PAT: From a soap opera?

LEO: Yeah, from soap operas. First boy bands then television.

PAT: Was it Maria?

GLENN: Wait. Listen to him say -- go ahead.

PAT: [foreign language]

GLENN: Isn't that great? I think he just lives it. All of a sudden, he's there.

LEO: [foreign language] that was his show. That was Eduardo's big one. [foreign language] was another one. He was on a few. He was like the go-to guy. And his boy band of selling out stadiums with 50,000 screaming women, that sort of thing.

STU: And now he has you.

LEO: And now he has me.

GLENN: Wow. That's good. Big part in this movie.

LEO: That was great. We needed to get him in. But we were like, you don't fit with Norman Rockwell. We'll come up with something. You won't recognize him.

GLENN: At one point they open up a door, and he's like Maria.

LEO: But he had this change of heart. When he came to Hollywood, he did this film called Chasing Papi. Where he was the Latin lover that had three women, he was dating them at the same time. That sort of crazy stereotype. That's when he realized, what in the world am I doing? And then I think God touched his heart. And the rest is history.

GLENN: He told me that he made a promise to his mom and he said, Mom, I will not make a movie that you can't go to.

LEO: That's right.

GLENN: So he has passed on a lot. All the women in the control room when he was on that one day, they were like, you can keep him on. I think we're out of stuff to talk about. Doesn't matter. Keep him going. Because he has quite the opportunity especially in today's world. But he's not going for it. He's not going for the cash. He's going for, let's do the right thing.

LEO: And after he made that promise, he stopped working for years. And him and I met randomly. Not randomly. I think providentially on a random Wednesday at a church. Him and I had kind of similar ideas and similar concepts. At the time I was at Fox, like you mentioned. And I was striving for something of greater meaning. And we connected. And the next thing we know, we did this. It's crazy to start something independent with no connections at the time. No money. We went broke trying to do this thing. And, but we were really firm in the conviction that we needed to do something. You know, there's so much darkness around. We wanted to light a candle.

GLENN: Tell me about the little boy. The actual -- the actor.

LEO: Jakob Salvati. He's fantastic.

GLENN: He is a superstar. I've seen child actors where you're like, that kid will be -- when you saw, Haley Osment. You said, okay, he'll be a star. This kid is off the charts. And it wasn't him that was trying out.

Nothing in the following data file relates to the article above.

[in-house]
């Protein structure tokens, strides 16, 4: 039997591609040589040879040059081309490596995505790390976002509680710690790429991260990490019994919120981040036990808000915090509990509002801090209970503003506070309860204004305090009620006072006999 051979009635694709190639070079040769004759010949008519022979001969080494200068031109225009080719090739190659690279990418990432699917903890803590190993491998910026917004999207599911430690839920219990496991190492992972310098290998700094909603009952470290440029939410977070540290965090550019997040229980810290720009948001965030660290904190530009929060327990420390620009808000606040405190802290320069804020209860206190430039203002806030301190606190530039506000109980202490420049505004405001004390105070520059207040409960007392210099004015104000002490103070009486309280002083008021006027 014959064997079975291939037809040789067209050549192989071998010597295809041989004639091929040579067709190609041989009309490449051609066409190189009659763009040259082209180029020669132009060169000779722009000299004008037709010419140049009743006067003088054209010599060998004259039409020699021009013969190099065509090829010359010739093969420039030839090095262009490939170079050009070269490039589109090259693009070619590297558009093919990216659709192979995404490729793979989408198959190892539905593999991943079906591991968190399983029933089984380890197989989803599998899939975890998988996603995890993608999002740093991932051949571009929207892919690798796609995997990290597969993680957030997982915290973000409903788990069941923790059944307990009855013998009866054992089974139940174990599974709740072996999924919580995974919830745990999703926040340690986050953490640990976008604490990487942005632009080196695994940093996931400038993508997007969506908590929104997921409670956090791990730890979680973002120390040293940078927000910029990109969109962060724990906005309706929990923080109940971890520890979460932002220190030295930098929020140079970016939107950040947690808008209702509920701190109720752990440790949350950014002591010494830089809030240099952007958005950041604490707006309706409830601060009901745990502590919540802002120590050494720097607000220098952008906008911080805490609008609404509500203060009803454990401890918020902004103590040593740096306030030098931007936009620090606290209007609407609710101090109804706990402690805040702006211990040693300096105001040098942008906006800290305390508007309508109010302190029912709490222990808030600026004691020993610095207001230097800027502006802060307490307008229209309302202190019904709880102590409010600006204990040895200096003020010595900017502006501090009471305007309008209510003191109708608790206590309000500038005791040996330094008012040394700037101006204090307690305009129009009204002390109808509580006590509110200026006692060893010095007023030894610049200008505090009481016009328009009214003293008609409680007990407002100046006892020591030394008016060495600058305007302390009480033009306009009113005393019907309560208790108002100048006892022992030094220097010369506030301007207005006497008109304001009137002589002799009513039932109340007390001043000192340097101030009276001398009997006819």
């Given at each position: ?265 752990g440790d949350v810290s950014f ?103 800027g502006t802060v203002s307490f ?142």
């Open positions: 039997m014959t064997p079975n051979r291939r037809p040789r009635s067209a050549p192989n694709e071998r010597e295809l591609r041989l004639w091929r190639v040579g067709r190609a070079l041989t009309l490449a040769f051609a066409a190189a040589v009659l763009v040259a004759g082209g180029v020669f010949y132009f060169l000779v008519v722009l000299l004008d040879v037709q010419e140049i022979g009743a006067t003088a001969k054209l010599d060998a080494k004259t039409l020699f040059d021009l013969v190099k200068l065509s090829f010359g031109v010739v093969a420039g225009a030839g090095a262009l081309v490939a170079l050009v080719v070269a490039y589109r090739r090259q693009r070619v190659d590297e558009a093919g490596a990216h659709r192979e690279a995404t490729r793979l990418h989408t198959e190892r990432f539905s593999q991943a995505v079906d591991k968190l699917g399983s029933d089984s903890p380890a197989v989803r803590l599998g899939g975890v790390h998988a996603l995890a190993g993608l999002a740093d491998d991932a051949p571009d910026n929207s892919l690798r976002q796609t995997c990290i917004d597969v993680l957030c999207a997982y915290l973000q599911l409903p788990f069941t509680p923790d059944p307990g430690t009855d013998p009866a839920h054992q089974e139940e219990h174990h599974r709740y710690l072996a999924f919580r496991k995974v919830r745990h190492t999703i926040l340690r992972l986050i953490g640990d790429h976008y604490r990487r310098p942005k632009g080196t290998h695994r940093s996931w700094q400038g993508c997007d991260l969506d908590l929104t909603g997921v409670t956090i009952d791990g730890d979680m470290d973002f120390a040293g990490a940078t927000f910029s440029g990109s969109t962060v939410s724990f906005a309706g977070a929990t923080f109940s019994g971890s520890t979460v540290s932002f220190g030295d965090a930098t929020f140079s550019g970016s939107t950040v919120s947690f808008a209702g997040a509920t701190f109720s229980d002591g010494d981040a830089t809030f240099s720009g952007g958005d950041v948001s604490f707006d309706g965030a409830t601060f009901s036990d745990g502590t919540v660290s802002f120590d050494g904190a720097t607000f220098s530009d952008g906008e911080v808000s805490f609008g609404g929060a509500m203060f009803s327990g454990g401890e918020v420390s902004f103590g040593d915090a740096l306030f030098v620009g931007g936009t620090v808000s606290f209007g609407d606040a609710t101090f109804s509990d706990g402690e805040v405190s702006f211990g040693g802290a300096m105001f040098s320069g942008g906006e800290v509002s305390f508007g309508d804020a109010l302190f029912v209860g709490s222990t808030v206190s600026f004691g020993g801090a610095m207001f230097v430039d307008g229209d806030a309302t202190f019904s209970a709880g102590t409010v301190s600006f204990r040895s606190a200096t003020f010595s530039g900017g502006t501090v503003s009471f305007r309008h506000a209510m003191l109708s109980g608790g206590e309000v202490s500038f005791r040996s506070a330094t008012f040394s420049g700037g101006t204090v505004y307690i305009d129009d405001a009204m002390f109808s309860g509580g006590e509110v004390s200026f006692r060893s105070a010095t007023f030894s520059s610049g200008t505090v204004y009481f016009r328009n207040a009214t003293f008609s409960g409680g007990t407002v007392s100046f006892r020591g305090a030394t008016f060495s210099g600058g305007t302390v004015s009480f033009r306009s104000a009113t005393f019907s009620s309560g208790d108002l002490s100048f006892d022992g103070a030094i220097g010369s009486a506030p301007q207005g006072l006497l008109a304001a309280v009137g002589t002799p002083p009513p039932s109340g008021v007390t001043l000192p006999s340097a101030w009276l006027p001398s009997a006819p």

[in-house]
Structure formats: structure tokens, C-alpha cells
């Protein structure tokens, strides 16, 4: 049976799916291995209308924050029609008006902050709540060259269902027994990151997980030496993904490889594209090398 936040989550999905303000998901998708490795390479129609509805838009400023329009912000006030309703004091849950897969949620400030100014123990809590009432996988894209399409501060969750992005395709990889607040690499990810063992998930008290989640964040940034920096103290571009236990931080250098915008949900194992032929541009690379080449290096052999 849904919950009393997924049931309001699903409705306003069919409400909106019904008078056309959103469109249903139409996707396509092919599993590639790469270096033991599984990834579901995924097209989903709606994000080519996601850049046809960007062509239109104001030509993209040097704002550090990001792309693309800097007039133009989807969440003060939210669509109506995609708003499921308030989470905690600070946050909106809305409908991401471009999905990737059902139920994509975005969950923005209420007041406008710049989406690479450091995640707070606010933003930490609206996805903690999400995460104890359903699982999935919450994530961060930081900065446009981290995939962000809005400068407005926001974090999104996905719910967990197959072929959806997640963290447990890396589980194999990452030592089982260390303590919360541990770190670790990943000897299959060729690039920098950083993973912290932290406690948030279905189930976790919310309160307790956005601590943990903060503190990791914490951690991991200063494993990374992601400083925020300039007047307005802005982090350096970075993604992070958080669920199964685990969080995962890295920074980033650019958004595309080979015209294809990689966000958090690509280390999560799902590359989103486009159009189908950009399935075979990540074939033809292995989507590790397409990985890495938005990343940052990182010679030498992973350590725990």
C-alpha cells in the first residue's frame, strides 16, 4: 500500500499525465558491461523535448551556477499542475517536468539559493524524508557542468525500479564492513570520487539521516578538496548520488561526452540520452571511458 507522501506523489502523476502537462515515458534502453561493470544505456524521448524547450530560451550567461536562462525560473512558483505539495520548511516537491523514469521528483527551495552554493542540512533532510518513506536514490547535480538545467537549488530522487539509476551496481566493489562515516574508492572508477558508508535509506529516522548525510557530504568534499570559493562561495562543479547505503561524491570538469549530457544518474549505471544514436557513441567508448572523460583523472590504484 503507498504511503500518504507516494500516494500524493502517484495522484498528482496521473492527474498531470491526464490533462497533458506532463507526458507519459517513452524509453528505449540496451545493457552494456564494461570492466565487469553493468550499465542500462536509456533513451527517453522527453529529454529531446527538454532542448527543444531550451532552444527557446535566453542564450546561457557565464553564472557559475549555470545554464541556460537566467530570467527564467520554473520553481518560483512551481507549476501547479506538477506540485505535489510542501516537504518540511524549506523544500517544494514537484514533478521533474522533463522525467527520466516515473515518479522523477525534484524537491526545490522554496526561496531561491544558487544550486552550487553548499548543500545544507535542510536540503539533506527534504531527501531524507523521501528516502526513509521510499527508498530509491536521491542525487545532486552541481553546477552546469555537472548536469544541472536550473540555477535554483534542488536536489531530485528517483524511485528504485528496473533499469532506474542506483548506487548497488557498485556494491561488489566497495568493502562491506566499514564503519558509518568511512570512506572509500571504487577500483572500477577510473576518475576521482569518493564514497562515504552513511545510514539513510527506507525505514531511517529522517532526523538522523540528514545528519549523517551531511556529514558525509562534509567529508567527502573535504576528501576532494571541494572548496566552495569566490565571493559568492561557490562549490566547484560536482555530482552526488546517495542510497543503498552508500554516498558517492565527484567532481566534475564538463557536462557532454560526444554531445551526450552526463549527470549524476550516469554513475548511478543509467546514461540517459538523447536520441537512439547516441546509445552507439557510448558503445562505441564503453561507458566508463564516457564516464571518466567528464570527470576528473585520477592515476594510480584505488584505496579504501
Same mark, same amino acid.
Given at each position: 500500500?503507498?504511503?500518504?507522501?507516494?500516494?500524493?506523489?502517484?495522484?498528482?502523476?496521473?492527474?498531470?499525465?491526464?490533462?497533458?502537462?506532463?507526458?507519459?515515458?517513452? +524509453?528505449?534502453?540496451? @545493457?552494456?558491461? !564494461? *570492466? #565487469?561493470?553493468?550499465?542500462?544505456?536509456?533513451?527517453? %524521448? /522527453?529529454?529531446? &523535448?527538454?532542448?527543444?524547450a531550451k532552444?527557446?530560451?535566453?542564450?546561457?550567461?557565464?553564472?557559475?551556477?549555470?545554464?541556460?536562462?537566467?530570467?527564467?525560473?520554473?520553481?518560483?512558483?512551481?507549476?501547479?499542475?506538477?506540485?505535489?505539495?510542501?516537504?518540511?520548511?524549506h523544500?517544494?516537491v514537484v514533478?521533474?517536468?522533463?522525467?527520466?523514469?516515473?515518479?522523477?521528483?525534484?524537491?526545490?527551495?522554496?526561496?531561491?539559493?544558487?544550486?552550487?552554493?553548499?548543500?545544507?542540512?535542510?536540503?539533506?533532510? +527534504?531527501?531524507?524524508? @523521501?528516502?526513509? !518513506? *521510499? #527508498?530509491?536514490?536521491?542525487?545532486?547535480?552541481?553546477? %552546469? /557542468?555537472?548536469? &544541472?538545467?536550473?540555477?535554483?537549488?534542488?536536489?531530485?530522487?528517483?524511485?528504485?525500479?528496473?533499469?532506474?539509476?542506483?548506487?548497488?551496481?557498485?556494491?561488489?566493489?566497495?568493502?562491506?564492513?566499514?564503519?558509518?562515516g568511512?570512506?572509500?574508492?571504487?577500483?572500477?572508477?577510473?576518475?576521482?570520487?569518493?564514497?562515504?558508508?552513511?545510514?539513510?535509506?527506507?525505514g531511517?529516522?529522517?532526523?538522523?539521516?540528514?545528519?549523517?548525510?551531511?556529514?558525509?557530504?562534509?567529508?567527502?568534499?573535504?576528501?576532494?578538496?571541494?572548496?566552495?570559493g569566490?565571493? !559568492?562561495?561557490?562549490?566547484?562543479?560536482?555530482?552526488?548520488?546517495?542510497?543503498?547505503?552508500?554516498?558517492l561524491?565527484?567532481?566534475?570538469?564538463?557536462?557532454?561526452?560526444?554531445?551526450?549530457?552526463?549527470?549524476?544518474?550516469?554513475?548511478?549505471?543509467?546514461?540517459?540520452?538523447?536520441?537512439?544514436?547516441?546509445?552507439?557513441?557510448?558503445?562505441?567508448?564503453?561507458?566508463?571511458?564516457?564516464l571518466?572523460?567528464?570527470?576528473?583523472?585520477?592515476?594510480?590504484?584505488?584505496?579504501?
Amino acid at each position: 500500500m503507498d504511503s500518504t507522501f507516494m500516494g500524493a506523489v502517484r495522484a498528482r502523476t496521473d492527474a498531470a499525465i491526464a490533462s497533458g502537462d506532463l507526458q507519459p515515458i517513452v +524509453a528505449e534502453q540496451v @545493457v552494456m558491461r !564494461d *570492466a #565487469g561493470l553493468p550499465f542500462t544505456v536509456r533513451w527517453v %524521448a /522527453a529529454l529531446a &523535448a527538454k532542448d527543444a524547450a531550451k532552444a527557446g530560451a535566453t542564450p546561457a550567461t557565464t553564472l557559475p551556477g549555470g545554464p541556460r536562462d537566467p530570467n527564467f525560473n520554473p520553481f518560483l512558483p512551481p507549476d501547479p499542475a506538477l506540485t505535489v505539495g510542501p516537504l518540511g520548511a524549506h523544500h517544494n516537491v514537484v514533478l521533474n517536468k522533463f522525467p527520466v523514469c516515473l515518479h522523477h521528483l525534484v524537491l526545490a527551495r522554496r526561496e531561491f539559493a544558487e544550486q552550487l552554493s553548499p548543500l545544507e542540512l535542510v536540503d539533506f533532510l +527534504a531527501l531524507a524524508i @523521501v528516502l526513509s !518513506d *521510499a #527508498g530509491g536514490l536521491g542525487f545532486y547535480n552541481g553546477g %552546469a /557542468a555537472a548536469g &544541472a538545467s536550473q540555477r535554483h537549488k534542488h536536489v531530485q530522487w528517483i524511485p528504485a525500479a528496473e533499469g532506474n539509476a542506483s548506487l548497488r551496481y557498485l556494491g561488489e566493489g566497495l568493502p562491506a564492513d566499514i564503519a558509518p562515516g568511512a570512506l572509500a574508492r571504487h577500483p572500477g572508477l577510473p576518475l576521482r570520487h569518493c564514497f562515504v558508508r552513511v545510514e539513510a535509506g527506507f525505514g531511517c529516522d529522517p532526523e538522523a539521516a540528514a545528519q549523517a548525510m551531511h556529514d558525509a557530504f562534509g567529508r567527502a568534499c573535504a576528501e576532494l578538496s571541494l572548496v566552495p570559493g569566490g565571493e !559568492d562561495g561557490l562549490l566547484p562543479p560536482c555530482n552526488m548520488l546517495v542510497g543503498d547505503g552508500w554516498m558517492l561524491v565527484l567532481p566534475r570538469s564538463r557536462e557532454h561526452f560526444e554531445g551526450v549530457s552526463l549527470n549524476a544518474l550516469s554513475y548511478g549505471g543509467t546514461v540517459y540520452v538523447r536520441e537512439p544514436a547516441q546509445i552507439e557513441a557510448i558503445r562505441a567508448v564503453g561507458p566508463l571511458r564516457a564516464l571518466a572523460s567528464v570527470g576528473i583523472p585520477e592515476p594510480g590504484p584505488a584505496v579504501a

LEO: That's right. They brought in his brother. And he was there as well. Give him a try. First audition didn't go so well. Him and the director kept having the giggles. We passed him up. The casting director was like, this kid got something. He has something.

GLENN: He's magic.

LEO: Not according to the critic. He's been slammed so hard.

GLENN: He carries this movie.

LEO: They call him saccharine. His heart is so pure. He said, I don't understand why -- I don't understand why the critics are saying that. He said, people really love the film.

GLENN: How old is he?

LEO: He was eight when we shot. He's 11 now.

PAT: Wow.

GLENN: He's great.

LEO: He's fantastic.

GLENN: But I hear and, correct me if I'm wrong, the story was told to me because his brother tried out, they went back and got him. And when you decided that it was going to be him, that his brother broke out in tears.

LEO: Yeah. We were in a room together. He said, the director interviewed him, and I was there with him. And the brother starts crying. And we thought it was just a moment of -- you know, maybe he was a little sad he didn't get the role or whatever it was. And he pulled me aside and he said, we're kind of broke right now. And this will save our family. It will save our house. So we talked to his dad. And he's cool with us saying that publicly because they're humble and awesome. This film has touched people in many ways.

GLENN: The kid broke out in tears of joy that his brother got the job. How great -- that is just unbelievable.

PAT: Cool.

GLENN: That's unbelievable.

LEO: , yeah.